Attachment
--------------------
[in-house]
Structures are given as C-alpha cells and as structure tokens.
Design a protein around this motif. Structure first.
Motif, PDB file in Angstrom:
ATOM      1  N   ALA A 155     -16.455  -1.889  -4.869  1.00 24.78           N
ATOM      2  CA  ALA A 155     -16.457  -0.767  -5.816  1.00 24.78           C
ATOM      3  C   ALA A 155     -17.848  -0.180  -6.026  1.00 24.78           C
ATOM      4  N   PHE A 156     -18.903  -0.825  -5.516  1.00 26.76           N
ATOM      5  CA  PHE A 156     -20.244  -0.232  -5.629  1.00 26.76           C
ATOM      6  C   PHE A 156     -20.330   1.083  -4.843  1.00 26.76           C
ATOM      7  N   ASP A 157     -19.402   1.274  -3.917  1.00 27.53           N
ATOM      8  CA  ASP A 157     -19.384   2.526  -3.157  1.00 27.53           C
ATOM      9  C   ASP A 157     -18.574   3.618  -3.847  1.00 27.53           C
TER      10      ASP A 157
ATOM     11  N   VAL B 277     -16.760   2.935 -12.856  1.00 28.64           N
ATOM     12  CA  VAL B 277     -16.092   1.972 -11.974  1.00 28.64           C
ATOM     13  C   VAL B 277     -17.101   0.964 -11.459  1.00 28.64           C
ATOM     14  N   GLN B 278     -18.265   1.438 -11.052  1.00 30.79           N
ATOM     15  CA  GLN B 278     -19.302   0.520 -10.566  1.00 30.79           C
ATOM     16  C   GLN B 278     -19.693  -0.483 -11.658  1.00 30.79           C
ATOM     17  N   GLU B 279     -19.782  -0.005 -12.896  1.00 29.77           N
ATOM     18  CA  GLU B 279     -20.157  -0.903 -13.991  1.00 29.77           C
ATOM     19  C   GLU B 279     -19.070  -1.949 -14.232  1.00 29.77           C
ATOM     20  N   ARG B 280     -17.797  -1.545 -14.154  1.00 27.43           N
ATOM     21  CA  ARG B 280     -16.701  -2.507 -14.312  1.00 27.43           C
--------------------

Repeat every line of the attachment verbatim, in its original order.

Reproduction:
[in-house]
Structures are given as C-alpha cells and as structure tokens.
Design a protein around this motif. Structure first.
Motif, PDB file in Angstrom:
ATOM      1  N   ALA A 155     -16.455  -1.889  -4.869  1.00 24.78           N
ATOM      2  CA  ALA A 155     -16.457  -0.767  -5.816  1.00 24.78           C
ATOM      3  C   ALA A 155     -17.848  -0.180  -6.026  1.00 24.78           C
ATOM      4  N   PHE A 156     -18.903  -0.825  -5.516  1.00 26.76           N
ATOM      5  CA  PHE A 156     -20.244  -0.232  -5.629  1.00 26.76           C
ATOM      6  C   PHE A 156     -20.330   1.083  -4.843  1.00 26.76           C
ATOM      7  N   ASP A 157     -19.402   1.274  -3.917  1.00 27.53           N
ATOM      8  CA  ASP A 157     -19.384   2.526  -3.157  1.00 27.53           C
ATOM      9  C   ASP A 157     -18.574   3.618  -3.847  1.00 27.53           C
TER      10      ASP A 157
ATOM     11  N   VAL B 277     -16.760   2.935 -12.856  1.00 28.64           N
ATOM     12  CA  VAL B 277     -16.092   1.972 -11.974  1.00 28.64           C
ATOM     13  C   VAL B 277     -17.101   0.964 -11.459  1.00 28.64           C
ATOM     14  N   GLN B 278     -18.265   1.438 -11.052  1.00 30.79           N
ATOM     15  CA  GLN B 278     -19.302   0.520 -10.566  1.00 30.79           C
ATOM     16  C   GLN B 278     -19.693  -0.483 -11.658  1.00 30.79           C
ATOM     17  N   GLU B 279     -19.782  -0.005 -12.896  1.00 29.77           N
ATOM     18  CA  GLU B 279     -20.157  -0.903 -13.991  1.00 29.77           C
ATOM     19  C   GLU B 279     -19.070  -1.949 -14.232  1.00 29.77           C
ATOM     20  N   ARG B 280     -17.797  -1.545 -14.154  1.00 27.43           N
ATOM     21  CA  ARG B 280     -16.701  -2.507 -14.312  1.00 27.43           C